Heating problems are often exacerbated with servers. Many organizations have consolidated servers into centralized data centers, seeking to use physical, application or data consolidation as a means of reducing the challenges and costs associated with administering many small servers scattered across the enterprise. By placing multiple heat generating sources in close proximity, thermal loads can be even more of a problem as servers transfer heat to nearby servers, and airflows become more complicated and restricted when multiple servers are closely located.

Liquid cooling may also be used to cool a computer system. A liquid cooling system uses a liquid coolant to extract heat from components, but such systems are typically very expensive as they require pumps, heat exchangers, etc. Liquid cooling is therefore usually reserved for very expensive or very demanding computer systems, such as supercomputers.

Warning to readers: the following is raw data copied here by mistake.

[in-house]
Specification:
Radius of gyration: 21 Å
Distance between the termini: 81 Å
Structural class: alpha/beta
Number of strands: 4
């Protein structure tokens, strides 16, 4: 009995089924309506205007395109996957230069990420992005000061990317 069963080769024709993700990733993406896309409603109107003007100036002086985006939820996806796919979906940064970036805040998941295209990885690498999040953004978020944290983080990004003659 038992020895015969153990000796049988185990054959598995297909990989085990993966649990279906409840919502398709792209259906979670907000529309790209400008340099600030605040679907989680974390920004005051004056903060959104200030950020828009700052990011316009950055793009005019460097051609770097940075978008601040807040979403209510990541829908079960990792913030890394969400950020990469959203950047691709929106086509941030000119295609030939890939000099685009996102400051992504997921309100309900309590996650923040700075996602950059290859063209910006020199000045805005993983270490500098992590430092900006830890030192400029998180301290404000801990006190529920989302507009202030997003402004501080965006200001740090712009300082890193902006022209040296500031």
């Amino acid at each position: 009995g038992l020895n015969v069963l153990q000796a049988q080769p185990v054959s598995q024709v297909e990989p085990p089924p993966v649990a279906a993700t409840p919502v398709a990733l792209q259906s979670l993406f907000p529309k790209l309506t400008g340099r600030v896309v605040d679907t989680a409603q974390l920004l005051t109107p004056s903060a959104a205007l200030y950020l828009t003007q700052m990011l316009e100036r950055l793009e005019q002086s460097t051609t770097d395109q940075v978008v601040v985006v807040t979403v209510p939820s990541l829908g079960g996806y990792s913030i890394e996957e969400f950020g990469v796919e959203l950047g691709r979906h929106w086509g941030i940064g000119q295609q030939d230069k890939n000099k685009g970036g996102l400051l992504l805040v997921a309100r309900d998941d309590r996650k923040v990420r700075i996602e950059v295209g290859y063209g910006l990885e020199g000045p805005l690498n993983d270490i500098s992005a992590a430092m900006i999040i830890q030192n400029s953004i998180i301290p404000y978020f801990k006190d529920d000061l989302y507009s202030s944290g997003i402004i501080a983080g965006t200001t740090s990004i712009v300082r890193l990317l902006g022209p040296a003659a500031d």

There is, therefore, a need for an effective and efficient system to facilitate cooling of computer systems, to control the temperature of components, and to avert overheating conditions.

BRIEF SUMMARY OF THE INVENTION

The problems identified above are in large part addressed by systems, methods and media for controlling temperature of a computer system. One embodiment provides a method for controlling temperature of a system. The method generally includes receiving a request for an activity to be performed and receiving component temperatures of two or more available components. The method also generally includes selecting a component from the available components based at least partially on the component temperatures of the available components, as well as directing the selected component to perform the requested activity. The components may be computer processors, memory modules, hard drives, or any other item.